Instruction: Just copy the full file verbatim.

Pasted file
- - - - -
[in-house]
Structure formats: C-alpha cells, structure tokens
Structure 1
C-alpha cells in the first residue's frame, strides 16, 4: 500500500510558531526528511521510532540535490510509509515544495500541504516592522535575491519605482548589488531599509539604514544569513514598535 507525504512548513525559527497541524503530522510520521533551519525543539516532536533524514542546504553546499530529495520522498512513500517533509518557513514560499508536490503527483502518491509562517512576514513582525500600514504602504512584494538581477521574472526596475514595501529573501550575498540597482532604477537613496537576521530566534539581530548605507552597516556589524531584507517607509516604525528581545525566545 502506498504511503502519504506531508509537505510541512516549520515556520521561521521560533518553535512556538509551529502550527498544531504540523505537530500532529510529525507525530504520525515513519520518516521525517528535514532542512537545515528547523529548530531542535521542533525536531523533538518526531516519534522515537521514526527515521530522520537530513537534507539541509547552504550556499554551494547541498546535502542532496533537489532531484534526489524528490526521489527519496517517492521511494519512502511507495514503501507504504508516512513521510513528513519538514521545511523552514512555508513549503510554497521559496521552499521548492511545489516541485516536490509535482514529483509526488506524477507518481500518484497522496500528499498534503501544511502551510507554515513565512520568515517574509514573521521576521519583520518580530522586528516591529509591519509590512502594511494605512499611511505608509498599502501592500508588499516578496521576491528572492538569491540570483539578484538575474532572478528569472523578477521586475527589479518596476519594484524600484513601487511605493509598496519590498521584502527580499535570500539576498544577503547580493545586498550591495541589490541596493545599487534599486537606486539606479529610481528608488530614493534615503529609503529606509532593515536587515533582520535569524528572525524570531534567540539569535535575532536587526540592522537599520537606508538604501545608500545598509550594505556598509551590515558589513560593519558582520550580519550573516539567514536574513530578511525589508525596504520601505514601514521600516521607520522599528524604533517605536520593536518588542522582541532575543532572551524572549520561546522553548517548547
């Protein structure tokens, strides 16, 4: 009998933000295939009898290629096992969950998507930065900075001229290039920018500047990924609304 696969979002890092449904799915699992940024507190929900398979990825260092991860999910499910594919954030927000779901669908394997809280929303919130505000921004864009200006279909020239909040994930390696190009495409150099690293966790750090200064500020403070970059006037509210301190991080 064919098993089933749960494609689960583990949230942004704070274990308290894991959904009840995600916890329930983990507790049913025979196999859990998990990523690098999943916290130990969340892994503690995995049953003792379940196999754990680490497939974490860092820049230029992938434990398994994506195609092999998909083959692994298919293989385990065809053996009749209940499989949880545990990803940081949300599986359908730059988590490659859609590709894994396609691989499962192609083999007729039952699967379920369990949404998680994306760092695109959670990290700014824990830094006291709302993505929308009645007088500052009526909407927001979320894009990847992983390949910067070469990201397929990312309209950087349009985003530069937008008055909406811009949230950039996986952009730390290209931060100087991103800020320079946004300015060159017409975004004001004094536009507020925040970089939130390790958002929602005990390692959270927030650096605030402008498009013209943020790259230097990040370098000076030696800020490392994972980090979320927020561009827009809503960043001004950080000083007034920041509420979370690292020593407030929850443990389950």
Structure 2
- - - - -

[in-house]
Structure formats: C-alpha cells, structure tokens
Structure 1
C-alpha cells in the first residue's frame, strides 16, 4: 500500500510558531526528511521510532540535490510509509515544495500541504516592522535575491519605482548589488531599509539604514544569513514598535 507525504512548513525559527497541524503530522510520521533551519525543539516532536533524514542546504553546499530529495520522498512513500517533509518557513514560499508536490503527483502518491509562517512576514513582525500600514504602504512584494538581477521574472526596475514595501529573501550575498540597482532604477537613496537576521530566534539581530548605507552597516556589524531584507517607509516604525528581545525566545 502506498504511503502519504506531508509537505510541512516549520515556520521561521521560533518553535512556538509551529502550527498544531504540523505537530500532529510529525507525530504520525515513519520518516521525517528535514532542512537545515528547523529548530531542535521542533525536531523533538518526531516519534522515537521514526527515521530522520537530513537534507539541509547552504550556499554551494547541498546535502542532496533537489532531484534526489524528490526521489527519496517517492521511494519512502511507495514503501507504504508516512513521510513528513519538514521545511523552514512555508513549503510554497521559496521552499521548492511545489516541485516536490509535482514529483509526488506524477507518481500518484497522496500528499498534503501544511502551510507554515513565512520568515517574509514573521521576521519583520518580530522586528516591529509591519509590512502594511494605512499611511505608509498599502501592500508588499516578496521576491528572492538569491540570483539578484538575474532572478528569472523578477521586475527589479518596476519594484524600484513601487511605493509598496519590498521584502527580499535570500539576498544577503547580493545586498550591495541589490541596493545599487534599486537606486539606479529610481528608488530614493534615503529609503529606509532593515536587515533582520535569524528572525524570531534567540539569535535575532536587526540592522537599520537606508538604501545608500545598509550594505556598509551590515558589513560593519558582520550580519550573516539567514536574513530578511525589508525596504520601505514601514521600516521607520522599528524604533517605536520593536518588542522582541532575543532572551524572549520561546522553548517548547
């Protein structure tokens, strides 16, 4: 009998933000295939009898290629096992969950998507930065900075001229290039920018500047990924609304 696969979002890092449904799915699992940024507190929900398979990825260092991860999910499910594919954030927000779901669908394997809280929303919130505000921004864009200006279909020239909040994930390696190009495409150099690293966790750090200064500020403070970059006037509210301190991080 064919098993089933749960494609689960583990949230942004704070274990308290894991959904009840995600916890329930983990507790049913025979196999859990998990990523690098999943916290130990969340892994503690995995049953003792379940196999754990680490497939974490860092820049230029992938434990398994994506195609092999998909083959692994298919293989385990065809053996009749209940499989949880545990990803940081949300599986359908730059988590490659859609590709894994396609691989499962192609083999007729039952699967379920369990949404998680994306760092695109959670990290700014824990830094006291709302993505929308009645007088500052009526909407927001979320894009990847992983390949910067070469990201397929990312309209950087349009985003530069937008008055909406811009949230950039996986952009730390290209931060100087991103800020320079946004300015060159017409975004004001004094536009507020925040970089939130390790958002929602005990390692959270927030650096605030402008498009013209943020790259230097990040370098000076030696800020490392994972980090979320927020561009827009809503960043001004950080000083007034920041509420979370690292020593407030929850443990389950």
Structure 2